Archive for the ‘Literature’ Category

When a colleague showed me the first minutes of what was then “a new HBO TV series”, I was hooked: I had to see “Game of Thrones“. The first few episodes that we watched on TV also made it clear that I would have to read the books by George R.R. Martin. if only because I could get to the end (?) of the story faster by reading than by waiting a week for the next episode on TV ;-)

I loved the books very much: the story is compelling and full of surprises, as we all know by now. Equally impressive is the world that George Martin created, and which you discover through reading the story, not because it is explicitly explained. I hadn’t read anything so intense since my discovery of the Dune universe, in the words of Frank Herbert (the more recent additions by his son Brian and Kevin Anderson are not at the same level).

Image credits: HBO

So like many others all around the world we waited for the final season of the TV series… and were a bit disappointed with what we saw in the first three episodes. Many scenes seemed to be stretched out just for the sake of making the episode sufficiently long. Some scenes are so different from what we are used to expect from previous seasons that they are hard to fit into the narrative we know.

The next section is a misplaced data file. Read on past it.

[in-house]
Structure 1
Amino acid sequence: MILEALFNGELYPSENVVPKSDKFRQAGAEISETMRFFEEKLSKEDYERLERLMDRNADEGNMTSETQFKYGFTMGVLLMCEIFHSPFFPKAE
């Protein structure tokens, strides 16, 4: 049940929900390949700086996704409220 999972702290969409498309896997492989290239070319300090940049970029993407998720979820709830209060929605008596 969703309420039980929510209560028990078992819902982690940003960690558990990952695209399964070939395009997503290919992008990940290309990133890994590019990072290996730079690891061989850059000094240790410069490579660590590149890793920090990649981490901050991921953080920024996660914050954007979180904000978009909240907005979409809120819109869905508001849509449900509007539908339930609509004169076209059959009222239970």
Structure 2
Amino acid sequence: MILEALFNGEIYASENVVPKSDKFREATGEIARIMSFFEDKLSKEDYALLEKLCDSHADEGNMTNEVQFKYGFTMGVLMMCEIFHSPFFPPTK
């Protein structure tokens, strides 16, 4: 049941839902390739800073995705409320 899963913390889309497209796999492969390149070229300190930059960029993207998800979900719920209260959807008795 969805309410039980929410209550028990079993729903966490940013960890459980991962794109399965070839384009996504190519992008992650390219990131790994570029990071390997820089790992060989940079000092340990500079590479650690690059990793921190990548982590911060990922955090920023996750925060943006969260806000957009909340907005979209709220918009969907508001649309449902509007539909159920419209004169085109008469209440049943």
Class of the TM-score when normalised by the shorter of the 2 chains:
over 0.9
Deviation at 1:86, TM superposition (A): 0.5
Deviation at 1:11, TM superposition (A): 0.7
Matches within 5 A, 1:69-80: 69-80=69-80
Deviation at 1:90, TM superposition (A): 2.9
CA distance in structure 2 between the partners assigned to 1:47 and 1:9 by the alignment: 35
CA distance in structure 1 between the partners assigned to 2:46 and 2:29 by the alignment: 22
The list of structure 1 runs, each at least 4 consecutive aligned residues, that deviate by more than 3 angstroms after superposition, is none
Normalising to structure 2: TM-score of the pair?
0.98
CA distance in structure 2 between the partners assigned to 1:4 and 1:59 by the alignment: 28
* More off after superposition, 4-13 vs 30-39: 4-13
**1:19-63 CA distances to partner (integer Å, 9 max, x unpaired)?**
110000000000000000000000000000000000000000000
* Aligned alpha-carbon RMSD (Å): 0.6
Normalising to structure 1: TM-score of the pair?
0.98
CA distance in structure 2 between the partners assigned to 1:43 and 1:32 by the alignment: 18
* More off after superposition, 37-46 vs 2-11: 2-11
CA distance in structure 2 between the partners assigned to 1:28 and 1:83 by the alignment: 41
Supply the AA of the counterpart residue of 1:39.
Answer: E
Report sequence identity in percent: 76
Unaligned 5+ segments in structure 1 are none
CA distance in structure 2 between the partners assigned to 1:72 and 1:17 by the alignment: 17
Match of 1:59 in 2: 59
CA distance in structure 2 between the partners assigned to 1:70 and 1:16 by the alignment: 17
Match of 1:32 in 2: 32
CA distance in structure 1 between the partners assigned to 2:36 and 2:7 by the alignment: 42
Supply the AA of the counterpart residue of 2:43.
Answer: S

Then by accident I stumbled up “The Real Reason Fans Hate the Last Season of Game of Thrones“.

Even if the new season had managed to minimize plot holes and avoid clunky coincidences and a clumsy Arya ex machina as a storytelling device, they couldn’t persist in the narrative lane of the past seasons. For Benioff and Weiss, trying to continue what Game of Thrones had set out to do, tell a compelling sociological story, would be like trying to eat melting ice cream with a fork. Hollywood mostly knows how to tell psychological, individualized stories. They do not have the right tools for sociological stories, nor do they even seem to understand the job.